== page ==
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EDUCATION UPDATE - APRIL HALF-TERM

In what has been an extraordinary year for many people, we are so pleased with the way that our tutors and students have responded to the many challenges they have faced this year. The change to remote learning and the suspension of our games programme has meant the experience for our students has been flipped on its head and we are delighted with the way in which ESPFA students, tutors and coaches have dealt with this.




Having been put into lockdown again in January, and students only allowed to attend face to face learning as late as the 15th of March, one of the biggest changes to the education programme recently has been the use of remote learning. This was something many of our students and tutors have never experienced before, so tailoring the approach to suit the individuals was paramount. When speaking to Laura Moss, the tutor for Witton Albion, she thought that changing the way the students approached learning was crucial. She said: “One of the biggest changes is the way I have got the learners to interact, usually in a classroom environment we do quite a lot of group work. However, through the lockdown there has been a lot more independent work set.”


Laura was also happy that she could still have a positive impact on the students, despite not seeing them face to face. She said: “Whilst lockdown has certainly been an interesting time to be a teacher, it has proved to me why I became a teacher - to make a difference; to face adversity; to reflect and adapt to ever-changing times. I believe the way we have adapted to this situation has helped make a significant difference to the lives of the students that we teach. By continuing to give them structure and guidance throughout lockdown has not only physically (through continued HIIT/daily physical activity challenges) but most importantly mentally given them strength to get through it.”


The students have also had to adjust the way in which they learn due to remote learning and not having the camaraderie of being within a class environment. Witton Albion academy student Lewis Gibson believes despite enjoying some aspects of remote learning, being without his teammates has been difficult. He said: we have been in online learning which has been tough as finding motivation has been difficult. Personally, I have enjoyed online learning as it meant less travelling to and from college, but I have missed the classroom environment a lot and the structure of a college day.”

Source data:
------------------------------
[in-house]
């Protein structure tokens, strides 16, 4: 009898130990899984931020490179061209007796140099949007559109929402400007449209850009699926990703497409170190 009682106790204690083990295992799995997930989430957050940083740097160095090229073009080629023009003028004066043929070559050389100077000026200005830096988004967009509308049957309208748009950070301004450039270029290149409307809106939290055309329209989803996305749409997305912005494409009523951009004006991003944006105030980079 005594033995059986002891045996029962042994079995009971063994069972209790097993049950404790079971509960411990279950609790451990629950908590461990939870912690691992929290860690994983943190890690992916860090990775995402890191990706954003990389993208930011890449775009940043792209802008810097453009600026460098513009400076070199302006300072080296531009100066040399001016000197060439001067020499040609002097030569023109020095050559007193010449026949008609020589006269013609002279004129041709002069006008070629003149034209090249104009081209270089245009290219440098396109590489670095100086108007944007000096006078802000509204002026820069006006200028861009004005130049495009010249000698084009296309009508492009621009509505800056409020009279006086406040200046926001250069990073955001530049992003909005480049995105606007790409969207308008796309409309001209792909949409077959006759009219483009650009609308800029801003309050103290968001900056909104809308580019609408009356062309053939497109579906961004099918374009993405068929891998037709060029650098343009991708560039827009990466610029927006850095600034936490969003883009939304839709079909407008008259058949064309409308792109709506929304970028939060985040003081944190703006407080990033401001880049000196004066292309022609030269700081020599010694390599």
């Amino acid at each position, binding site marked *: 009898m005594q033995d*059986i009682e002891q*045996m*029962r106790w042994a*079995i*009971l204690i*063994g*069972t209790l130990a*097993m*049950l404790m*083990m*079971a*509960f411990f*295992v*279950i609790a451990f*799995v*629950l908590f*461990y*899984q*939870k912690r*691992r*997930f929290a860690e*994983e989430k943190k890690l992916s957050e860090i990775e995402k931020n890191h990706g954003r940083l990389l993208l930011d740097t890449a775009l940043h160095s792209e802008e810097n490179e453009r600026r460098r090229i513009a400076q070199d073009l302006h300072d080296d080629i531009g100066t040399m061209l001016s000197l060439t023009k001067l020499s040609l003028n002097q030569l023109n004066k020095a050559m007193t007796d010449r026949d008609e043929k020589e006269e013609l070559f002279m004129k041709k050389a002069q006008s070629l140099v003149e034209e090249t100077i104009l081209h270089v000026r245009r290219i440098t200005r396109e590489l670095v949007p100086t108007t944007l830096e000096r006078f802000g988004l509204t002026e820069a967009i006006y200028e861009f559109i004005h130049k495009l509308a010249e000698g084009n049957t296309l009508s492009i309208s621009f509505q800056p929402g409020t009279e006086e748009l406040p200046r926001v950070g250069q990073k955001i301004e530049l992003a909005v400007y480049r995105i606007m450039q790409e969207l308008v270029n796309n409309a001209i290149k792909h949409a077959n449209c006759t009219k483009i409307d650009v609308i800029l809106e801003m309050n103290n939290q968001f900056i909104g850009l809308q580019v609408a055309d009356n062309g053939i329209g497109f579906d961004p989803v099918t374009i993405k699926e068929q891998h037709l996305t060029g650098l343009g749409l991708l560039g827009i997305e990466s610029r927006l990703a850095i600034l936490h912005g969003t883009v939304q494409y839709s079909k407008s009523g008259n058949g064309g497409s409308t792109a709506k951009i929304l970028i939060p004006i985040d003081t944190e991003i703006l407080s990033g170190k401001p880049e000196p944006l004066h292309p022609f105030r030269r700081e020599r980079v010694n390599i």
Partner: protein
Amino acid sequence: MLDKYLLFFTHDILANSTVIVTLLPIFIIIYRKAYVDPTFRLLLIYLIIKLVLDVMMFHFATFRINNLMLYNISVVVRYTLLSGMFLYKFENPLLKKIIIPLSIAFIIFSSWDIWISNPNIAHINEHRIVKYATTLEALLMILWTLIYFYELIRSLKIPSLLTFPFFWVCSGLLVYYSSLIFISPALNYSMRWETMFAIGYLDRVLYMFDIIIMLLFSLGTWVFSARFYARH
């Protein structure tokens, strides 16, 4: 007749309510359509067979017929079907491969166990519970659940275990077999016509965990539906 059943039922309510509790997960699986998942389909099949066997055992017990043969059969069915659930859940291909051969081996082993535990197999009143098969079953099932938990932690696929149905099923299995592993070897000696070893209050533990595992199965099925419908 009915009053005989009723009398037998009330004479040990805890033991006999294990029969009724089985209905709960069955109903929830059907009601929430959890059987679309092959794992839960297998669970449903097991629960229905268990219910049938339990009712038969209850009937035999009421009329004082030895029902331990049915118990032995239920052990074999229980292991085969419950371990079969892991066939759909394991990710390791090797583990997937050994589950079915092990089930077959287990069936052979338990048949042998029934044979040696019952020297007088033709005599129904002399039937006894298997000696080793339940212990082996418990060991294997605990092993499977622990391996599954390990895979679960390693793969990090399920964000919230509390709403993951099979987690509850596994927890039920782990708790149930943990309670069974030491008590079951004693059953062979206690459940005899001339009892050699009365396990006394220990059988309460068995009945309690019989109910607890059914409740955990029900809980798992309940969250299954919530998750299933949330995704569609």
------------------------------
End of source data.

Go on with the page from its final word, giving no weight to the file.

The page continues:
Overall, the students and tutors have generally responded well to the many obstacles we have faced over the course of the academic year so far and Mark Baker, Head of Programme, commends the efforts of the tutors and the way they have been able to completely restructure their method of teachings this year. He said: “I believe that sometimes we can underestimate just how big a change is for a tutor delivering remotely, as opposed to face to face. The delivery methods and processes for teaching within an online format, will be new to many and something that previous professional courses have not covered. Taking this into account, tutors have shown fantastic adaptability in their approaches throughout this period.”


Baker also acknowledged that without the games programme, some students may have been lacking in motivation, but they have largely done a good job of focusing on their studies. He said: “In general students have responded well to the challenges. It has been really hard for some learner's motivation levels, with there being no games programme to focus their attention on, however the key must always be completion of their academic goals and this has been the driving force throughout this period.”


Once again, we are so pleased with the way our students, tutors and coaches have responded to this year’s challenges. With football now back and some light at the end of the tunnel, let’s hope we can finish the season on a positive note.





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